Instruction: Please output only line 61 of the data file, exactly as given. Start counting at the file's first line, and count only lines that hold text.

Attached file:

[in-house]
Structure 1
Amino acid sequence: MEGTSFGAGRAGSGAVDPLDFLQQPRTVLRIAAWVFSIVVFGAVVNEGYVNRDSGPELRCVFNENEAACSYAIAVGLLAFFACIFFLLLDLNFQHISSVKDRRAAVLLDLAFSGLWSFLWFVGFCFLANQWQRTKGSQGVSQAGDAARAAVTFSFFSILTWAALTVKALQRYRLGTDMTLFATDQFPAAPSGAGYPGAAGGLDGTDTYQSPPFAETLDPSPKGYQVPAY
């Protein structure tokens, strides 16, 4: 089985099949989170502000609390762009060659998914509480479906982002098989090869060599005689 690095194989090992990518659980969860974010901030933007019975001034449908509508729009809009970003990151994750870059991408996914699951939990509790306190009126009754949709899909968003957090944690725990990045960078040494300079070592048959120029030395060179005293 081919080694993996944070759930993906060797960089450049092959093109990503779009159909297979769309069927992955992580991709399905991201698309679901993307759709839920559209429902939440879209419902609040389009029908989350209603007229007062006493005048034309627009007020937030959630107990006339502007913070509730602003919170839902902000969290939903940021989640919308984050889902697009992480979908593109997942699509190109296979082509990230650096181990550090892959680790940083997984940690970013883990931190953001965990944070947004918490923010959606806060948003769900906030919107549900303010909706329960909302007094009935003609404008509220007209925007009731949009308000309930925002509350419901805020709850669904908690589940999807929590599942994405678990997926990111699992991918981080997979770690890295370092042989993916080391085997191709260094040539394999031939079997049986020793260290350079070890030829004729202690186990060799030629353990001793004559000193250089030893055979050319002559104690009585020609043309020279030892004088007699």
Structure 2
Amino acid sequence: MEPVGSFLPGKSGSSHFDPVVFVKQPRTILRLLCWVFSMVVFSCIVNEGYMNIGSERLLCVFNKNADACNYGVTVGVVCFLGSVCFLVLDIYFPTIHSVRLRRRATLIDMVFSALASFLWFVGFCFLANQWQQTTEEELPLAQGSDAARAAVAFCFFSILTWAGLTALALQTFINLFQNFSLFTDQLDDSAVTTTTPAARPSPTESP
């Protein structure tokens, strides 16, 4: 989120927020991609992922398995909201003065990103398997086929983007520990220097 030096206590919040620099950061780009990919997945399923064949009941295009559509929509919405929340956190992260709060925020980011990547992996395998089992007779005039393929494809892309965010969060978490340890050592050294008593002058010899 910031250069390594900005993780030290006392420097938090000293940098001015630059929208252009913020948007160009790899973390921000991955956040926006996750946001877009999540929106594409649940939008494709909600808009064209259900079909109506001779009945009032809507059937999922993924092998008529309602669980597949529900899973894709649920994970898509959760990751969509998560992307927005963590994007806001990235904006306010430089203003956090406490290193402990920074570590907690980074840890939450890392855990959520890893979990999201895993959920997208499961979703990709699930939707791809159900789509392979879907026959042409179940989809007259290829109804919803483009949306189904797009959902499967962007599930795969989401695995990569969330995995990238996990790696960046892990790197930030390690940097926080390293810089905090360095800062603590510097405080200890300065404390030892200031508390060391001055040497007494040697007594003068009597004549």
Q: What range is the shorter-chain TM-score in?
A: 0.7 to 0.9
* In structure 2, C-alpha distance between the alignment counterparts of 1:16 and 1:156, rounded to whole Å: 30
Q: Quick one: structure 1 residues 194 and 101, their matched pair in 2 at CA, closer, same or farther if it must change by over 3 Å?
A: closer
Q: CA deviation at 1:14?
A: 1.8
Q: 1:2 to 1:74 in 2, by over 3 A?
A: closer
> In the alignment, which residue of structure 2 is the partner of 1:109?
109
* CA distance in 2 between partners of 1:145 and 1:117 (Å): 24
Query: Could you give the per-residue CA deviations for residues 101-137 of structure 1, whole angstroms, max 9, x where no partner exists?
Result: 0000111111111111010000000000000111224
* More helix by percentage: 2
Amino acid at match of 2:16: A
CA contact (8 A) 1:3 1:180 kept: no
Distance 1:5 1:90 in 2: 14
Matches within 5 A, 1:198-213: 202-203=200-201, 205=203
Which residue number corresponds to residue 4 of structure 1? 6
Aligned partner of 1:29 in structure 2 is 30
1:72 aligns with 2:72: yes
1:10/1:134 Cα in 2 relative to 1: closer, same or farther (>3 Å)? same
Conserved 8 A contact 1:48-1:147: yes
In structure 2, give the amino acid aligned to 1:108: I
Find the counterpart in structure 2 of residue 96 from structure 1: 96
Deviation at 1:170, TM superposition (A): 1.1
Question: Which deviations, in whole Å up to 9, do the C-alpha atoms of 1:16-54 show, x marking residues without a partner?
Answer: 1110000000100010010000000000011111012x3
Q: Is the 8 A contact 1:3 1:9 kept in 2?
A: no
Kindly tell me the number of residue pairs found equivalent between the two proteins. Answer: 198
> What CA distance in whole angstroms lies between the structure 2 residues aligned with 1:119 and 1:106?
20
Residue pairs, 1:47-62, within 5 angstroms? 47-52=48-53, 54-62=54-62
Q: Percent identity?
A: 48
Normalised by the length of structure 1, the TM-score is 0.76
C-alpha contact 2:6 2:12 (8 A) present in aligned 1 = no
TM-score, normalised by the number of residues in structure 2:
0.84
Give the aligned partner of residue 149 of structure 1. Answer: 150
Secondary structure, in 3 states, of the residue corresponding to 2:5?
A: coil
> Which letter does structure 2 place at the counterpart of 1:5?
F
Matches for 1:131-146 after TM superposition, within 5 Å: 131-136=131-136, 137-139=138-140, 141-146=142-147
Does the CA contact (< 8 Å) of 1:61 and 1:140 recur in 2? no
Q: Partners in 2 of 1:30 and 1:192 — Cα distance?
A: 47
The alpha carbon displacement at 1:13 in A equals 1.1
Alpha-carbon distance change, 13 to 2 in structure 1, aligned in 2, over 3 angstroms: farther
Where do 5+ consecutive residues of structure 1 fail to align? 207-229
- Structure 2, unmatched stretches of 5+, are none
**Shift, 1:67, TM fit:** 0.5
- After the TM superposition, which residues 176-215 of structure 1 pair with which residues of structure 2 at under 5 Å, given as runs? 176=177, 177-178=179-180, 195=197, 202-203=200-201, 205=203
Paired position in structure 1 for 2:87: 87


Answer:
- Structure 2, unmatched stretches of 5+, are none